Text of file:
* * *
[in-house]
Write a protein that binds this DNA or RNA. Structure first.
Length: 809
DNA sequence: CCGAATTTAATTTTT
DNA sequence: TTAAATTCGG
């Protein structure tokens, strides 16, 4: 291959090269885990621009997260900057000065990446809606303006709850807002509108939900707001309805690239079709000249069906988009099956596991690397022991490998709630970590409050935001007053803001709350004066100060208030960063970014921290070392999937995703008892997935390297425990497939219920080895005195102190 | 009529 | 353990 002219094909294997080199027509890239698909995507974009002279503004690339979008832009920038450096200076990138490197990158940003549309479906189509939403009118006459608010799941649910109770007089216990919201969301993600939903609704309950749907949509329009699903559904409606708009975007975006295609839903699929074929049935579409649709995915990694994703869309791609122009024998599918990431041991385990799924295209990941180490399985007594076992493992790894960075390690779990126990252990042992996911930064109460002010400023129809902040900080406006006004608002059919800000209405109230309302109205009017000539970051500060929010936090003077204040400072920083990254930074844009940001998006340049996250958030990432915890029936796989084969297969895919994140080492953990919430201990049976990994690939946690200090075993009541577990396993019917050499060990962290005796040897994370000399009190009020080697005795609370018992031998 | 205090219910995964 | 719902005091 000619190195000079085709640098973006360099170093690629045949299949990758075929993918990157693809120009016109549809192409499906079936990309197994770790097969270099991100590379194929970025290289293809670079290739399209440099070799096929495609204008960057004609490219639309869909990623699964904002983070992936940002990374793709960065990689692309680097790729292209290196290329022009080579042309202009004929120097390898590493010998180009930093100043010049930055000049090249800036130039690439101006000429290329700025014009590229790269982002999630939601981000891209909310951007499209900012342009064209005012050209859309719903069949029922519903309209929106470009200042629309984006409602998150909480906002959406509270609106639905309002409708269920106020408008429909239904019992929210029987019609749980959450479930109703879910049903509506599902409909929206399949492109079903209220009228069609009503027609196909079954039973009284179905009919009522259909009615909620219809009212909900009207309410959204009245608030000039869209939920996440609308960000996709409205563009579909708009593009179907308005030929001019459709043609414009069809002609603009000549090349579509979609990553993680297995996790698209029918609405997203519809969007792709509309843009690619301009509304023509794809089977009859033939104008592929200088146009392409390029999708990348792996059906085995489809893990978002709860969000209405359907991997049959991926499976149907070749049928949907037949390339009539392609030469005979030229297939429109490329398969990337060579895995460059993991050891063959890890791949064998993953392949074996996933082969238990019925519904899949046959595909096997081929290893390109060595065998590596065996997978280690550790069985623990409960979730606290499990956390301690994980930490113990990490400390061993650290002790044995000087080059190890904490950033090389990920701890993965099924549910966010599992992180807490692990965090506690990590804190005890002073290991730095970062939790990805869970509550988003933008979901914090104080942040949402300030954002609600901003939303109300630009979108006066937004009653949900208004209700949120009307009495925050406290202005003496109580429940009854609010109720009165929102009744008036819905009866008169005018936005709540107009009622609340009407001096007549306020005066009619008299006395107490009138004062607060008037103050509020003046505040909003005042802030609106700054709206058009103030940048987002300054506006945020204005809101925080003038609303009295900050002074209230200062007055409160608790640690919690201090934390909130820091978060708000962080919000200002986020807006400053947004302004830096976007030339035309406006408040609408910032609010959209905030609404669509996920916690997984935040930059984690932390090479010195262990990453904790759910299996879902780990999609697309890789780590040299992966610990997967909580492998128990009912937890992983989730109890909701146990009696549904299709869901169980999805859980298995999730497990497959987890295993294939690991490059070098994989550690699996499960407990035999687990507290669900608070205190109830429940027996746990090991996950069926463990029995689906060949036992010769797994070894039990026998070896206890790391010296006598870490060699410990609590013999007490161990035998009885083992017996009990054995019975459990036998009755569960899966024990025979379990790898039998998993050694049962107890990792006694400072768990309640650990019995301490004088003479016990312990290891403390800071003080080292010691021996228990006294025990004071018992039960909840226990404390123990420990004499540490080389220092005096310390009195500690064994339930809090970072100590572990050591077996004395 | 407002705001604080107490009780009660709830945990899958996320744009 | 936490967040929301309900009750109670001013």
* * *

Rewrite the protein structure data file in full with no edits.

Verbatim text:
[in-house]
Write a protein that binds this DNA or RNA. Structure first.
Length: 809
DNA sequence: CCGAATTTAATTTTT
DNA sequence: TTAAATTCGG
């Protein structure tokens, strides 16, 4: 291959090269885990621009997260900057000065990446809606303006709850807002509108939900707001309805690239079709000249069906988009099956596991690397022991490998709630970590409050935001007053803001709350004066100060208030960063970014921290070392999937995703008892997935390297425990497939219920080895005195102190 | 009529 | 353990 002219094909294997080199027509890239698909995507974009002279503004690339979008832009920038450096200076990138490197990158940003549309479906189509939403009118006459608010799941649910109770007089216990919201969301993600939903609704309950749907949509329009699903559904409606708009975007975006295609839903699929074929049935579409649709995915990694994703869309791609122009024998599918990431041991385990799924295209990941180490399985007594076992493992790894960075390690779990126990252990042992996911930064109460002010400023129809902040900080406006006004608002059919800000209405109230309302109205009017000539970051500060929010936090003077204040400072920083990254930074844009940001998006340049996250958030990432915890029936796989084969297969895919994140080492953990919430201990049976990994690939946690200090075993009541577990396993019917050499060990962290005796040897994370000399009190009020080697005795609370018992031998 | 205090219910995964 | 719902005091 000619190195000079085709640098973006360099170093690629045949299949990758075929993918990157693809120009016109549809192409499906079936990309197994770790097969270099991100590379194929970025290289293809670079290739399209440099070799096929495609204008960057004609490219639309869909990623699964904002983070992936940002990374793709960065990689692309680097790729292209290196290329022009080579042309202009004929120097390898590493010998180009930093100043010049930055000049090249800036130039690439101006000429290329700025014009590229790269982002999630939601981000891209909310951007499209900012342009064209005012050209859309719903069949029922519903309209929106470009200042629309984006409602998150909480906002959406509270609106639905309002409708269920106020408008429909239904019992929210029987019609749980959450479930109703879910049903509506599902409909929206399949492109079903209220009228069609009503027609196909079954039973009284179905009919009522259909009615909620219809009212909900009207309410959204009245608030000039869209939920996440609308960000996709409205563009579909708009593009179907308005030929001019459709043609414009069809002609603009000549090349579509979609990553993680297995996790698209029918609405997203519809969007792709509309843009690619301009509304023509794809089977009859033939104008592929200088146009392409390029999708990348792996059906085995489809893990978002709860969000209405359907991997049959991926499976149907070749049928949907037949390339009539392609030469005979030229297939429109490329398969990337060579895995460059993991050891063959890890791949064998993953392949074996996933082969238990019925519904899949046959595909096997081929290893390109060595065998590596065996997978280690550790069985623990409960979730606290499990956390301690994980930490113990990490400390061993650290002790044995000087080059190890904490950033090389990920701890993965099924549910966010599992992180807490692990965090506690990590804190005890002073290991730095970062939790990805869970509550988003933008979901914090104080942040949402300030954002609600901003939303109300630009979108006066937004009653949900208004209700949120009307009495925050406290202005003496109580429940009854609010109720009165929102009744008036819905009866008169005018936005709540107009009622609340009407001096007549306020005066009619008299006395107490009138004062607060008037103050509020003046505040909003005042802030609106700054709206058009103030940048987002300054506006945020204005809101925080003038609303009295900050002074209230200062007055409160608790640690919690201090934390909130820091978060708000962080919000200002986020807006400053947004302004830096976007030339035309406006408040609408910032609010959209905030609404669509996920916690997984935040930059984690932390090479010195262990990453904790759910299996879902780990999609697309890789780590040299992966610990997967909580492998128990009912937890992983989730109890909701146990009696549904299709869901169980999805859980298995999730497990497959987890295993294939690991490059070098994989550690699996499960407990035999687990507290669900608070205190109830429940027996746990090991996950069926463990029995689906060949036992010769797994070894039990026998070896206890790391010296006598870490060699410990609590013999007490161990035998009885083992017996009990054995019975459990036998009755569960899966024990025979379990790898039998998993050694049962107890990792006694400072768990309640650990019995301490004088003479016990312990290891403390800071003080080292010691021996228990006294025990004071018992039960909840226990404390123990420990004499540490080389220092005096310390009195500690064994339930809090970072100590572990050591077996004395 | 407002705001604080107490009780009660709830945990899958996320744009 | 936490967040929301309900009750109670001013």